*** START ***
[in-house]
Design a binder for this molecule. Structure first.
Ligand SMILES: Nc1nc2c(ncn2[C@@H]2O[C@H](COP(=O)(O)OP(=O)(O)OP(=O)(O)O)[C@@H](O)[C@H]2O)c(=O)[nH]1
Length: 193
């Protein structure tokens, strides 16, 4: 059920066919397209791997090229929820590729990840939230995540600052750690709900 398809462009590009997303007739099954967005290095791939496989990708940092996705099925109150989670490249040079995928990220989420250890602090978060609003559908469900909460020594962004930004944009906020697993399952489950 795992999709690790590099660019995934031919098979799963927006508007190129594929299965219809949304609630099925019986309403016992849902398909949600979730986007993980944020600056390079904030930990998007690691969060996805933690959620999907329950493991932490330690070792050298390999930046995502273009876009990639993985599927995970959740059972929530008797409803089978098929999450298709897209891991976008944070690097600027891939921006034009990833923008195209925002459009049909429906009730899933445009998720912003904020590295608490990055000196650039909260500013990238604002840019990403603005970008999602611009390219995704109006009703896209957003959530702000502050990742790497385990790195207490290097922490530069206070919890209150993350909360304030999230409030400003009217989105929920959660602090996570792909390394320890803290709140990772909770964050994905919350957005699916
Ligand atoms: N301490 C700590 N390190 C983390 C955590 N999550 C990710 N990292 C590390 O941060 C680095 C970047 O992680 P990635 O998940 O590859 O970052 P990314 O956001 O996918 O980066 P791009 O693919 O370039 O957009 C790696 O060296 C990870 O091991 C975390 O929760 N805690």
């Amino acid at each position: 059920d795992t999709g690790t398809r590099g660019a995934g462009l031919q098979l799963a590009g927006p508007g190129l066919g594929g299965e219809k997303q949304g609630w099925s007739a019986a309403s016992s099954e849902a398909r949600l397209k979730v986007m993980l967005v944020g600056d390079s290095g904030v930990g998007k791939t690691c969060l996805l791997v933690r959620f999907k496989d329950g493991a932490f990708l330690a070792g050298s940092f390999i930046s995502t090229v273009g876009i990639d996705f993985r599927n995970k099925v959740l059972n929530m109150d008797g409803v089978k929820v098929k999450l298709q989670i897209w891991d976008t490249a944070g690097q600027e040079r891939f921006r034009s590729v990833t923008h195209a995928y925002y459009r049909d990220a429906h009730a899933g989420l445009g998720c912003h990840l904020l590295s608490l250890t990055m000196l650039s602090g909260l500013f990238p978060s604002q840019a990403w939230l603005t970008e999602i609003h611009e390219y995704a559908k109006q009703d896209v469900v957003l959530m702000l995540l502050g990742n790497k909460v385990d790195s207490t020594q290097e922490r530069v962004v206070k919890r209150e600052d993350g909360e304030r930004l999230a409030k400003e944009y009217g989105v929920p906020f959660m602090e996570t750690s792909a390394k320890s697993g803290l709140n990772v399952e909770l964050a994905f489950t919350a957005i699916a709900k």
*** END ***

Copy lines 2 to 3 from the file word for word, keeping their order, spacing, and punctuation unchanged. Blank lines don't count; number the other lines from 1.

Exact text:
Design a binder for this molecule. Structure first.
Ligand SMILES: Nc1nc2c(ncn2[C@@H]2O[C@H](COP(=O)(O)OP(=O)(O)OP(=O)(O)O)[C@@H](O)[C@H]2O)c(=O)[nH]1